Modified CAR T Cells Act as “Micro-Pharmacies” in Lymphoma
New York, NY — Researchers at Memorial Sloan Kettering have developed a potentially powerful lymphoma treatment using modified immune cells that distribute proteins to therapeutic effect.
In experiments with human tumors transplanted into mice, the new immunotherapy approach produced significant responses, raising hopes that this technique could someday offer an effective way of treating this disease and possibly other cancers.
The technique is a new methodology derived from chimeric antigen receptor (CAR) T cell therapy. While historically this form of therapy has been used to give immune cells the information they needed to recognize tumor cells and attack them, this new technique utilizes CAR T cells as targeted delivery vehicles by manipulating them to produce anticancer agents.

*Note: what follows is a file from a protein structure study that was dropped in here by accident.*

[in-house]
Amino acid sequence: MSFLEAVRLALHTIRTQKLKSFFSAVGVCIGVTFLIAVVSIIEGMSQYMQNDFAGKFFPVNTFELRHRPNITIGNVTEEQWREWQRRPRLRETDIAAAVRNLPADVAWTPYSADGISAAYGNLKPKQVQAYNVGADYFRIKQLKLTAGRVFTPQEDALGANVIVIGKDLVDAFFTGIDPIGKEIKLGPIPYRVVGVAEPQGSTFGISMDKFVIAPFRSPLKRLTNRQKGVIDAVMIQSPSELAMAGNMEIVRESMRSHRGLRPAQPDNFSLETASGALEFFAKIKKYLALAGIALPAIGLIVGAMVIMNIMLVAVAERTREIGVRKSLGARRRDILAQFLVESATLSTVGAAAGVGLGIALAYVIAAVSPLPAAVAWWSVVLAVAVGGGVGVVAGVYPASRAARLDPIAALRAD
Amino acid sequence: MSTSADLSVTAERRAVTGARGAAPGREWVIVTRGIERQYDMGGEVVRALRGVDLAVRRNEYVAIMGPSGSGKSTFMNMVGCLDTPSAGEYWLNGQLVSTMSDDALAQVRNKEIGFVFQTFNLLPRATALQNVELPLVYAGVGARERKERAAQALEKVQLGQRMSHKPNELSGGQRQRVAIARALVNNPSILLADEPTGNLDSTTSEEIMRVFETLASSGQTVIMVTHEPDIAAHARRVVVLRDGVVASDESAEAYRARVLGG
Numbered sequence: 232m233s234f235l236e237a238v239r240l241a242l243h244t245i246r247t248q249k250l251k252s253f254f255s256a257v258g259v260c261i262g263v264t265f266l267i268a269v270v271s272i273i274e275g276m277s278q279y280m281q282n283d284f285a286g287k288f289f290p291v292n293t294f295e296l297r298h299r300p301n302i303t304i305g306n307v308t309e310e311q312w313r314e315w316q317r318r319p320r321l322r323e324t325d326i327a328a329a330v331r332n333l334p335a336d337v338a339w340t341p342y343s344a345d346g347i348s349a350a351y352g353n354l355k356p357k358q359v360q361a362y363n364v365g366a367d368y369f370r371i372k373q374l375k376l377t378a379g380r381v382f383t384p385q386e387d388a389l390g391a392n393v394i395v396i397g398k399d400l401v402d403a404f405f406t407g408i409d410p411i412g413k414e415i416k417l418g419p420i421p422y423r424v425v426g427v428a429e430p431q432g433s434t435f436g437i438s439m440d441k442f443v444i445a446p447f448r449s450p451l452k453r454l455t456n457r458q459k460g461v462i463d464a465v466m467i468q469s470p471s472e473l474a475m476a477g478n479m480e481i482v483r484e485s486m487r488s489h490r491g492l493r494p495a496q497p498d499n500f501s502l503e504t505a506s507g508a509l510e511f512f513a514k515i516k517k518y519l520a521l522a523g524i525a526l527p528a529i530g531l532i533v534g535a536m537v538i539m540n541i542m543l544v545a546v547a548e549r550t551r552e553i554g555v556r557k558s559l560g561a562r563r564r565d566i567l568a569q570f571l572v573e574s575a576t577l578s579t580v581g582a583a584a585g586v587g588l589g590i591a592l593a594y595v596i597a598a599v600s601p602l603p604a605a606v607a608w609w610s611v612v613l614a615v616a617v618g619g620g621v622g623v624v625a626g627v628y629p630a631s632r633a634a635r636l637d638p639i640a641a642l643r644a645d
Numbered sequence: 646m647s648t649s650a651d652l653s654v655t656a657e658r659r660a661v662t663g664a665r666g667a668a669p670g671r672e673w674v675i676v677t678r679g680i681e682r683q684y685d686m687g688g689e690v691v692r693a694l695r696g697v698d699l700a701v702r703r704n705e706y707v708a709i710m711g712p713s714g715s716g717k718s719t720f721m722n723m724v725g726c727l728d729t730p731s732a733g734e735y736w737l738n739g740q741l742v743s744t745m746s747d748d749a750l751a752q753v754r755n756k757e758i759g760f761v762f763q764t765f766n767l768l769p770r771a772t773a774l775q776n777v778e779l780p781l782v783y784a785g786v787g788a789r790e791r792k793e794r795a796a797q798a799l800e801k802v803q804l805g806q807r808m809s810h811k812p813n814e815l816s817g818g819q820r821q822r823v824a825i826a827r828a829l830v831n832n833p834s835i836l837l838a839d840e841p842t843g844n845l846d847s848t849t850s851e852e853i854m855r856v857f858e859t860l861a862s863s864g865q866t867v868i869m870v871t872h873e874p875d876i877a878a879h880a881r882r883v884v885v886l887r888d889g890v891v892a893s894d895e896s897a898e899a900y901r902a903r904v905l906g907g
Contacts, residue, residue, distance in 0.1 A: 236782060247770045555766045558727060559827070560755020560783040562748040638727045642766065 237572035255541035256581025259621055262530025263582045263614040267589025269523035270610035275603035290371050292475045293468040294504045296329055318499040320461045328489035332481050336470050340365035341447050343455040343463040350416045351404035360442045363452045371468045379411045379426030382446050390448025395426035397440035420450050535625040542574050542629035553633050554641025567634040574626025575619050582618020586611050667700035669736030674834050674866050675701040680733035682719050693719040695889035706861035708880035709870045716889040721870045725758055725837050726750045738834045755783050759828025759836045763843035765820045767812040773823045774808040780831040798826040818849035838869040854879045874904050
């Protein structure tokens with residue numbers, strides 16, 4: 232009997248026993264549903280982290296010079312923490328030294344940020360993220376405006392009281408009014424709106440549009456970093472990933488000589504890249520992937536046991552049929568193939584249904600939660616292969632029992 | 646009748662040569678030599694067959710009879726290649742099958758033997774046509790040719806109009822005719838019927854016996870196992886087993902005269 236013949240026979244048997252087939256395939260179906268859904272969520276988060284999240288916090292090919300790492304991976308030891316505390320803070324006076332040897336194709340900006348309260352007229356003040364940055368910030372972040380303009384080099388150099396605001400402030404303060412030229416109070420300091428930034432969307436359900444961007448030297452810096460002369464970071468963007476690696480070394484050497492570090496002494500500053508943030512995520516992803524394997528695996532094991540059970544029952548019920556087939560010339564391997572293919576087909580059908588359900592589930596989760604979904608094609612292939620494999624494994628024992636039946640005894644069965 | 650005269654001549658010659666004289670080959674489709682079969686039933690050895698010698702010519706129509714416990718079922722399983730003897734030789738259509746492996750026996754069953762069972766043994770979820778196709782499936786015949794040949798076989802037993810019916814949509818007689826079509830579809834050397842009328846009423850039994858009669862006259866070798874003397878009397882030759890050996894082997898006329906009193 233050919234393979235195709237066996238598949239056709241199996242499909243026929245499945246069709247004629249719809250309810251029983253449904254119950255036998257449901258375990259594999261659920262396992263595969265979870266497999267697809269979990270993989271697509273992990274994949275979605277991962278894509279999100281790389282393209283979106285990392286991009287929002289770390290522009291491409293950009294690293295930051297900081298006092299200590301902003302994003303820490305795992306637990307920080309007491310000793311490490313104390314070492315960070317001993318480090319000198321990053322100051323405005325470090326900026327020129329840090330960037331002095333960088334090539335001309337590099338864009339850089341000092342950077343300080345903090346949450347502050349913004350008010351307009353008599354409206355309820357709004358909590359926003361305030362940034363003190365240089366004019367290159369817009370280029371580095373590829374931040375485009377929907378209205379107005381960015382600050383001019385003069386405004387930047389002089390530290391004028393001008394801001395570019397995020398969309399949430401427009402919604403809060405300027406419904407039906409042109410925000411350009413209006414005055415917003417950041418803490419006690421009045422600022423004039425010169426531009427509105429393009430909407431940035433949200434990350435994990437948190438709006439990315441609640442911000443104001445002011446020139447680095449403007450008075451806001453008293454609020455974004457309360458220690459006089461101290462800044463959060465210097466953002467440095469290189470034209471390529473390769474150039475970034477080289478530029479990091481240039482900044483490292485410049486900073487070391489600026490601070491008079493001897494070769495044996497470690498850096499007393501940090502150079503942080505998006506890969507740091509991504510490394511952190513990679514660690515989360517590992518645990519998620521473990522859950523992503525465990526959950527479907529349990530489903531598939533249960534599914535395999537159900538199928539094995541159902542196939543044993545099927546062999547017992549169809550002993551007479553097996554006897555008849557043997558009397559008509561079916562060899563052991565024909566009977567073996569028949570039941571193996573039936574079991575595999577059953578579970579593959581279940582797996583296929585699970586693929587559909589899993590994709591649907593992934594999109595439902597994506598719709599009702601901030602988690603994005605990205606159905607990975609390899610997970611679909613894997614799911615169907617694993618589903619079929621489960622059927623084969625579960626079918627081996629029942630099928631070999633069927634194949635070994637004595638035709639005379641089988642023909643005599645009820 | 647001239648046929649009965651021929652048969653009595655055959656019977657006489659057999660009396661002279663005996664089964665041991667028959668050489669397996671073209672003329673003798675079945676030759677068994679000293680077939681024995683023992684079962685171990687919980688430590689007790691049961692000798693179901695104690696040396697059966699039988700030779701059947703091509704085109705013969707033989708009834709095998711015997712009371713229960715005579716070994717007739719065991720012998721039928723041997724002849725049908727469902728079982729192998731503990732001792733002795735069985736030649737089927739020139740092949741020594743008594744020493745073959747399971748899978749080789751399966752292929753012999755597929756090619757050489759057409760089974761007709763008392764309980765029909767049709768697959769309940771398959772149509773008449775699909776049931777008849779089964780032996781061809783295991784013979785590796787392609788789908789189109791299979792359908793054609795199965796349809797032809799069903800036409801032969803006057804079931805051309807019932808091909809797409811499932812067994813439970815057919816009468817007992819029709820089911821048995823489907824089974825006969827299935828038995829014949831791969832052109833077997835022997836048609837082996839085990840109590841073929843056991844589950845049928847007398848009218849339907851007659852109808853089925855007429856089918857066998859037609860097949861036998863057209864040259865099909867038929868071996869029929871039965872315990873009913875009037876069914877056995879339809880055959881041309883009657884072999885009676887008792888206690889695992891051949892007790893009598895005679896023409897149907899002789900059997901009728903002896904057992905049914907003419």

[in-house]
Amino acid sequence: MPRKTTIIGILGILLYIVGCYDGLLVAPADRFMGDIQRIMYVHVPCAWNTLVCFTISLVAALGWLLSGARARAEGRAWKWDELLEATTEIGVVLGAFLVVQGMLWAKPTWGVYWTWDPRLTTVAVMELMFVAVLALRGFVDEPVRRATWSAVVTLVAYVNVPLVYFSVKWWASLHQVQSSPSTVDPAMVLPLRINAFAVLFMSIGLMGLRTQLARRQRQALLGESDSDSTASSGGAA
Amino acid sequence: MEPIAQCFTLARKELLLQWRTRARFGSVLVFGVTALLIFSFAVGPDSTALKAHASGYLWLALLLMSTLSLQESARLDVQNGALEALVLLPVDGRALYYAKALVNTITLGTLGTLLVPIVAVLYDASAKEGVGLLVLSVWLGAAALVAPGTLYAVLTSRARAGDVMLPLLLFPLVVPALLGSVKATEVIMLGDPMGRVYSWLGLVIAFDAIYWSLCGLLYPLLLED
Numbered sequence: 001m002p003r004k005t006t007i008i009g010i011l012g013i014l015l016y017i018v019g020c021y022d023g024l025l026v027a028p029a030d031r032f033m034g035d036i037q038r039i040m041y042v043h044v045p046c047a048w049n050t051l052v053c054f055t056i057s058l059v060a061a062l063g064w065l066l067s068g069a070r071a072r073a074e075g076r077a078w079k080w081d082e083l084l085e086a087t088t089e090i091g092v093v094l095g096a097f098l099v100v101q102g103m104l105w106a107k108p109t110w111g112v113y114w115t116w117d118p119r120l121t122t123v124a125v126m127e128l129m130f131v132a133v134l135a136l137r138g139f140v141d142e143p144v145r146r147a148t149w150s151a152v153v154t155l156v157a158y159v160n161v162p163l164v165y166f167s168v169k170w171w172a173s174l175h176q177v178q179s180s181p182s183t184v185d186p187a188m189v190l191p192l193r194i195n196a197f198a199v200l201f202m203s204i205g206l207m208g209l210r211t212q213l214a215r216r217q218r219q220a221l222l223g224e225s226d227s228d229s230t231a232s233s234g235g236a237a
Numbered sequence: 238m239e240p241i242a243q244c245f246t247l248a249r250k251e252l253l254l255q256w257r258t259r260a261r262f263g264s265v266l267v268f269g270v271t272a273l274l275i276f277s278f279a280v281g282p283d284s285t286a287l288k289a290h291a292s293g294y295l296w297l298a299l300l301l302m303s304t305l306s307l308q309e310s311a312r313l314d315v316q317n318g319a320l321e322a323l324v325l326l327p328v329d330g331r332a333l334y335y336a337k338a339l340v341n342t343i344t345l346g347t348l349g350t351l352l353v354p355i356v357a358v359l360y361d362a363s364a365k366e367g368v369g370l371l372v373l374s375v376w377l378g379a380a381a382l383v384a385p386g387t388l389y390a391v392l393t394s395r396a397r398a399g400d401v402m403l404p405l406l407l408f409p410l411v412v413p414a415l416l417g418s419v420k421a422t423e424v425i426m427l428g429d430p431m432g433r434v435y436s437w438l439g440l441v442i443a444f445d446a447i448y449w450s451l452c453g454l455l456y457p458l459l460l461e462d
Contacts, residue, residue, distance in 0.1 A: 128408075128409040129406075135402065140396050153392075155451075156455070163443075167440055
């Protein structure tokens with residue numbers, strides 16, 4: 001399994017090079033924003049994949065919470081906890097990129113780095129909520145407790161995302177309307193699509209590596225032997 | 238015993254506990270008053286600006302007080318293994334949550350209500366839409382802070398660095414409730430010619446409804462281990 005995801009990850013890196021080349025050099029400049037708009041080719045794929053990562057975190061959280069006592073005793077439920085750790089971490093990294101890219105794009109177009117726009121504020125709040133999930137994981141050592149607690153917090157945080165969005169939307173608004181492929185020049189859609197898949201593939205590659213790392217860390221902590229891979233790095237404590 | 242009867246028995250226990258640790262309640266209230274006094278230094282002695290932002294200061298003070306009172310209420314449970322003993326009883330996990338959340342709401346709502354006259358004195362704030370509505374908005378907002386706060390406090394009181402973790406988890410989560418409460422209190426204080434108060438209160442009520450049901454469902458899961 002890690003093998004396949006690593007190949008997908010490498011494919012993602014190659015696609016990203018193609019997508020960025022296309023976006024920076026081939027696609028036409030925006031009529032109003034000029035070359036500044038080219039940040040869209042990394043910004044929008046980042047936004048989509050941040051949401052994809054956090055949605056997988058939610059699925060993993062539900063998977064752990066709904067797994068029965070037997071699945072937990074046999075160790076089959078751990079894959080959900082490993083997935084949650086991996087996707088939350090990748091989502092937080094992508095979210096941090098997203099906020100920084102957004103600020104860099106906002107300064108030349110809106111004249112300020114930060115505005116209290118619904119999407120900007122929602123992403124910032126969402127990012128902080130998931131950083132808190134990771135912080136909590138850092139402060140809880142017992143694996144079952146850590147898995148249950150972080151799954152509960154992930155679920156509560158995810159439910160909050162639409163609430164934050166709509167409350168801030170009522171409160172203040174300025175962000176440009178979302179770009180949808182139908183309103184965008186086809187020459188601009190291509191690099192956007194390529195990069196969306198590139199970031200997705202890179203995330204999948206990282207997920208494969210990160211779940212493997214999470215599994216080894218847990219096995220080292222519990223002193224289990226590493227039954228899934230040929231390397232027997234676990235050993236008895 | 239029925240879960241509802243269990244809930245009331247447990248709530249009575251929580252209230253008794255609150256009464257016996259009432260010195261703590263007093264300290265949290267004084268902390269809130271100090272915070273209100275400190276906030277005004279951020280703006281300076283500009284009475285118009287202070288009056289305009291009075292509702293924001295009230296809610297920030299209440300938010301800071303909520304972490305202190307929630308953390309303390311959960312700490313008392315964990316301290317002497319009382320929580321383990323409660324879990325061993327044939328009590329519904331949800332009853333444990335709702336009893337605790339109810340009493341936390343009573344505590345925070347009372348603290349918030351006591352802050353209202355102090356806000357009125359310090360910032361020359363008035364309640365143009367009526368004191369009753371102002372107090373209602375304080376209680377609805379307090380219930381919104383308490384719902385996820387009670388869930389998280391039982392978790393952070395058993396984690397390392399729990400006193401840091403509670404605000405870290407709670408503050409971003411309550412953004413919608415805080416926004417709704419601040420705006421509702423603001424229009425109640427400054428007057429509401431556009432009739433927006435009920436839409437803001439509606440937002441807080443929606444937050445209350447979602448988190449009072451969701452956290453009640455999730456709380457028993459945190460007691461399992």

“This form of treatment could be very effective because CAR T cells continuously produce the protein right where it is needed,” said Hans-Guido Wendel, the cancer biologist who led the team that developed the technology. “It could increase the on-target therapeutic activity and also reduce side effects of cancer treatments because it’s restricted to the tumor sites,” he said.
The approach was developed after researchers identified a critical pathway that is disrupted in approximately 75 percent of follicular lymphomas. The pathway involves an interaction between two receptors on the surface of B cells, proteins HVEM and BTLA. While they normally communicate with each other to normalize B cell’s growth rates, if the communication is disrupted, cells proliferate. Continue>
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